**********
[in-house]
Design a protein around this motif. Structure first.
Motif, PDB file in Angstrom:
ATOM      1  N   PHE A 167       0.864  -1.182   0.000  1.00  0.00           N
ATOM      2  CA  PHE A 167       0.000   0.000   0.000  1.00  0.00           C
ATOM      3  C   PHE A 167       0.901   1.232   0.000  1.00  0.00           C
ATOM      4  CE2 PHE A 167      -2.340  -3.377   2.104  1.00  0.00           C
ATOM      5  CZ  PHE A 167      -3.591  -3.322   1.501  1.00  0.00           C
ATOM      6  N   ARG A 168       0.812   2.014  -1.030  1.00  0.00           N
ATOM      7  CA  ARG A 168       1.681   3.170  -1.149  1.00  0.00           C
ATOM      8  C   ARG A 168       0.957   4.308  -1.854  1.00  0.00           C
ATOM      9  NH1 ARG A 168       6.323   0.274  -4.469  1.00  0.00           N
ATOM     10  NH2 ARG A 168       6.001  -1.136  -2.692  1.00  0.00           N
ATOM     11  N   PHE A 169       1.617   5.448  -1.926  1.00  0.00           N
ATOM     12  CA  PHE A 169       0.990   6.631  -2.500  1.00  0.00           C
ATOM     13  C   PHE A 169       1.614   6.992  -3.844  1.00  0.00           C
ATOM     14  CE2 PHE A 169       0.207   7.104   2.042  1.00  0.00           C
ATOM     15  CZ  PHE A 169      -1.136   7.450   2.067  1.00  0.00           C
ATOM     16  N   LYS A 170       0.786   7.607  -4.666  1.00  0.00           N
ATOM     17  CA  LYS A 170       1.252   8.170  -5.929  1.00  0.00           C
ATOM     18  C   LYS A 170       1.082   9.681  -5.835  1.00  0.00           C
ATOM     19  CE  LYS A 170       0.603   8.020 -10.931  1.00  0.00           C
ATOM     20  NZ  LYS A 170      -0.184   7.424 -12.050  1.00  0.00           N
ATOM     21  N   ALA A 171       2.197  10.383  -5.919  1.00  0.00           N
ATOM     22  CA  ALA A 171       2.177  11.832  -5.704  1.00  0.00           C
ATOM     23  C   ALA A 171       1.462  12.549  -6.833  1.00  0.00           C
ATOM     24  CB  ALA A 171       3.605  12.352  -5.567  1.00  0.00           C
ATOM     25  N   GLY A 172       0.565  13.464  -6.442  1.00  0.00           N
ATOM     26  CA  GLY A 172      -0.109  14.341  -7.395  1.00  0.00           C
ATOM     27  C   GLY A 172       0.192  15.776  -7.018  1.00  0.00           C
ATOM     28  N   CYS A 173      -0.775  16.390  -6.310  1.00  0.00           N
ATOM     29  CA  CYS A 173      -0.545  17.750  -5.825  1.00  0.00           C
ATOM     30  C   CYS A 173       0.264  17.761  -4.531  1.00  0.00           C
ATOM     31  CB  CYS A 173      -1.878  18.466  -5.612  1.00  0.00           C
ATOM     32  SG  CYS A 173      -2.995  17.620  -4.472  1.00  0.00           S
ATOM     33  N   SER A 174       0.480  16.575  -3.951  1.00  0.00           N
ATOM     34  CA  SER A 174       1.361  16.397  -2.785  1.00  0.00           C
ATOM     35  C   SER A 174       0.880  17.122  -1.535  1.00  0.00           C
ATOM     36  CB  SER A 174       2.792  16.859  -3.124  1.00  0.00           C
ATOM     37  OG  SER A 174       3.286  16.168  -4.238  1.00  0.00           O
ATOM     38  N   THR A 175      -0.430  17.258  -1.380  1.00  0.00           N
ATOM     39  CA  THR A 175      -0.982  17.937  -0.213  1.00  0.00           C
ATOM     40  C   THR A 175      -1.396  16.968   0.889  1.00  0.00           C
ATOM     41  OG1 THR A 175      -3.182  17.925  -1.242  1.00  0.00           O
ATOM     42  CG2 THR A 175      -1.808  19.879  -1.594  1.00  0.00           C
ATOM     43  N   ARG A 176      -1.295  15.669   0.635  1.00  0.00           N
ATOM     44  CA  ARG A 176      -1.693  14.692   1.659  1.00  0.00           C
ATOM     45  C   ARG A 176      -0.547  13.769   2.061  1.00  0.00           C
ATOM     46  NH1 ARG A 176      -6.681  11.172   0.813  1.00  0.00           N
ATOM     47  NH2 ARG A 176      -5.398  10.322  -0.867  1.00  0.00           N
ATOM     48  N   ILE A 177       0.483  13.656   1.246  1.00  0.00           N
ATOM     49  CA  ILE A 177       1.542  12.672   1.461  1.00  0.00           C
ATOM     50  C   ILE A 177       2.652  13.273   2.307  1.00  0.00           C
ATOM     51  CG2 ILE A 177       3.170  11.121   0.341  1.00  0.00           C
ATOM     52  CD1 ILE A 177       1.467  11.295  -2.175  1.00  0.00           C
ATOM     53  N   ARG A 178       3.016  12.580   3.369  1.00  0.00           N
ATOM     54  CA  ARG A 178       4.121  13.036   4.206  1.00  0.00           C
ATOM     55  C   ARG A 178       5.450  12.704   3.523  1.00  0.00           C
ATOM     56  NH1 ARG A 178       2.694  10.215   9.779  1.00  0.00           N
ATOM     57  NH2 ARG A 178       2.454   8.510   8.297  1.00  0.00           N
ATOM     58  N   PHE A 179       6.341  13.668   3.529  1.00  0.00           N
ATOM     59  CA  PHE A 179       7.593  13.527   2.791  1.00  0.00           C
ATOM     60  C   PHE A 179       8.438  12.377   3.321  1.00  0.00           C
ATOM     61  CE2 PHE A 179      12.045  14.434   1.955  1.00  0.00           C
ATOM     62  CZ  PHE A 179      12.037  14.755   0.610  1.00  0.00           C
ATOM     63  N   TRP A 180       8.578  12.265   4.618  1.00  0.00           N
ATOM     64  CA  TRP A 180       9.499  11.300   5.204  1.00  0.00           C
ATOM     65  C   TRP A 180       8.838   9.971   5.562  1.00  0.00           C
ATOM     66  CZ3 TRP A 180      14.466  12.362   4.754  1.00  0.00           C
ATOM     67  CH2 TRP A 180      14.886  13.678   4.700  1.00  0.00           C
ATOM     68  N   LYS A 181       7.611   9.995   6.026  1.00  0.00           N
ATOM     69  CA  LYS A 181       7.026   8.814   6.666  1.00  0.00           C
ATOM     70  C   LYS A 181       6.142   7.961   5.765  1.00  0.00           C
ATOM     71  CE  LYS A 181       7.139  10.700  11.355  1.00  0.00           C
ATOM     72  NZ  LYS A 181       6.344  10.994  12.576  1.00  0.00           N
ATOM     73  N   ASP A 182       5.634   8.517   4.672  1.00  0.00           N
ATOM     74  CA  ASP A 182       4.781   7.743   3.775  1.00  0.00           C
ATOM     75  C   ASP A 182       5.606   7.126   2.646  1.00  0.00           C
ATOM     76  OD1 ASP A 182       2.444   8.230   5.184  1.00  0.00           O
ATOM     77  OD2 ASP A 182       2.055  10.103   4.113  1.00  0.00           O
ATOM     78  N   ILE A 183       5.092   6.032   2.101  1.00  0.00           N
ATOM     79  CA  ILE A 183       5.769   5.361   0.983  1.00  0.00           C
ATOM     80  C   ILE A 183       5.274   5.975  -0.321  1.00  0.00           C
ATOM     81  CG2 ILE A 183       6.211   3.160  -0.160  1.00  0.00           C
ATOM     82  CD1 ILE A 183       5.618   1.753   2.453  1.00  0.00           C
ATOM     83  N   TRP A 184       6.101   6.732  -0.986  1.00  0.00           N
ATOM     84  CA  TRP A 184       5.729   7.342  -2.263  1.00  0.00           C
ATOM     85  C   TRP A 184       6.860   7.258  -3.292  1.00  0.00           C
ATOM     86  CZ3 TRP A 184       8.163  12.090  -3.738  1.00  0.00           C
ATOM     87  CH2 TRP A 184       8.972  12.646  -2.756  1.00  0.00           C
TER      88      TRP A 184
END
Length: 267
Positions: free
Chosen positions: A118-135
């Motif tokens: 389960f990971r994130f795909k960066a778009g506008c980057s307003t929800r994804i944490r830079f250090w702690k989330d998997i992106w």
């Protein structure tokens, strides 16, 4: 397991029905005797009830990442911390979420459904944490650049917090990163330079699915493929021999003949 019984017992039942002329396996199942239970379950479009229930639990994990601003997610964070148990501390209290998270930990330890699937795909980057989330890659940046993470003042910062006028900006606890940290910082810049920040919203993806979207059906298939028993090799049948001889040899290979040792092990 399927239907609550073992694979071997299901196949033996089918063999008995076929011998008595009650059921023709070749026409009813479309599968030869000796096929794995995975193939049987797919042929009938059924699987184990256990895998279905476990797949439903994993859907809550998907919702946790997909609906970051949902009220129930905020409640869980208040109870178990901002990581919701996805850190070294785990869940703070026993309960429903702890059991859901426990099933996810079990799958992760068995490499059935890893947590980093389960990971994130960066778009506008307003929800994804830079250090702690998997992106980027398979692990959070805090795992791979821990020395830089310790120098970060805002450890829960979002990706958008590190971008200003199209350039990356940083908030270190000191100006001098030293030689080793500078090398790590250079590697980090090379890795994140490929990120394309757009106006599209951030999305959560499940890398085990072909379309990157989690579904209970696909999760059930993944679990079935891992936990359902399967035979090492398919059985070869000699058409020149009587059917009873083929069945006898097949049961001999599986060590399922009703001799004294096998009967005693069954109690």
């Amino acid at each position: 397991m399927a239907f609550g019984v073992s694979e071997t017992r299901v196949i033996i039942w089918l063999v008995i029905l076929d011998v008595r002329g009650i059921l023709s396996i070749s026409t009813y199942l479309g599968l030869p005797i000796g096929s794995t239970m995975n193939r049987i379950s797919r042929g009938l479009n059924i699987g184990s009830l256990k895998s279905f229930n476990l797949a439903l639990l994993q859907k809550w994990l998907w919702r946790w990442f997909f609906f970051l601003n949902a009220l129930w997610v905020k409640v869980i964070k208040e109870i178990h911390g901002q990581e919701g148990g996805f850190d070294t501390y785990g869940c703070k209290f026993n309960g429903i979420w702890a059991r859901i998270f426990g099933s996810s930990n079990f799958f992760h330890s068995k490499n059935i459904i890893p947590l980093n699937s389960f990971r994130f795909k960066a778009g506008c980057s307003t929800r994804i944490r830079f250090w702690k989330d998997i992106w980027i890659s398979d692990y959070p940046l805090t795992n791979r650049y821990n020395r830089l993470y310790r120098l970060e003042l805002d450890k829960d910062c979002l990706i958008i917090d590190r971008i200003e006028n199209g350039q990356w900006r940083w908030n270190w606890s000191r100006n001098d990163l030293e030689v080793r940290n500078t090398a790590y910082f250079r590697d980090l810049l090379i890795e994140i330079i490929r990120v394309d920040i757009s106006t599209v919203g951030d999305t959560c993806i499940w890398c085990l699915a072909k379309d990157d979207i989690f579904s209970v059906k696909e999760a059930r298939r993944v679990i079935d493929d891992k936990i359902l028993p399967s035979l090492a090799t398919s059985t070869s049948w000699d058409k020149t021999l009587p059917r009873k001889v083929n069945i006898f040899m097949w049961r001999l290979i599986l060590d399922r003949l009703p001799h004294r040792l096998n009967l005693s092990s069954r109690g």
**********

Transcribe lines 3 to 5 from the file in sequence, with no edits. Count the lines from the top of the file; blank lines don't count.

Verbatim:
Motif, PDB file in Angstrom:
ATOM      1  N   PHE A 167       0.864  -1.182   0.000  1.00  0.00           N
ATOM      2  CA  PHE A 167       0.000   0.000   0.000  1.00  0.00           C